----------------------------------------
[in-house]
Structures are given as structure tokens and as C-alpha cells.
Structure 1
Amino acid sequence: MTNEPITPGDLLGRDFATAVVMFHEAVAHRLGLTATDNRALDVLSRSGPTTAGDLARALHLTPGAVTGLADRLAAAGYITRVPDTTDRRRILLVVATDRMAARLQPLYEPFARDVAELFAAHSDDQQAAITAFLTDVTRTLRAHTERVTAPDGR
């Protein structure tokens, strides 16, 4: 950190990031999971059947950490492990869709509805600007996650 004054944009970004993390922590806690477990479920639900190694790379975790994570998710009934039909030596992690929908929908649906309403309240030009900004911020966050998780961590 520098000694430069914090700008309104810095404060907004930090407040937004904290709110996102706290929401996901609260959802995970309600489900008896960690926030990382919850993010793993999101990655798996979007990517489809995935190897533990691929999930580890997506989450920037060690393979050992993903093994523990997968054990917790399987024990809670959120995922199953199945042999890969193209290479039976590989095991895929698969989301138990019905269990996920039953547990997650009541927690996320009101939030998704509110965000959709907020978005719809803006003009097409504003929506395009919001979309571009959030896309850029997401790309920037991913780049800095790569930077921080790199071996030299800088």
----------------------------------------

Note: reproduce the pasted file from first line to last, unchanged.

[in-house]
Structures are given as structure tokens and as C-alpha cells.
Structure 1
Amino acid sequence: MTNEPITPGDLLGRDFATAVVMFHEAVAHRLGLTATDNRALDVLSRSGPTTAGDLARALHLTPGAVTGLADRLAAAGYITRVPDTTDRRRILLVVATDRMAARLQPLYEPFARDVAELFAAHSDDQQAAITAFLTDVTRTLRAHTERVTAPDGR
């Protein structure tokens, strides 16, 4: 950190990031999971059947950490492990869709509805600007996650 004054944009970004993390922590806690477990479920639900190694790379975790994570998710009934039909030596992690929908929908649906309403309240030009900004911020966050998780961590 520098000694430069914090700008309104810095404060907004930090407040937004904290709110996102706290929401996901609260959802995970309600489900008896960690926030990382919850993010793993999101990655798996979007990517489809995935190897533990691929999930580890997506989450920037060690393979050992993903093994523990997968054990917790399987024990809670959120995922199953199945042999890969193209290479039976590989095991895929698969989301138990019905269990996920039953547990997650009541927690996320009101939030998704509110965000959709907020978005719809803006003009097409504003929506395009919001979309571009959030896309850029997401790309920037991913780049800095790569930077921080790199071996030299800088």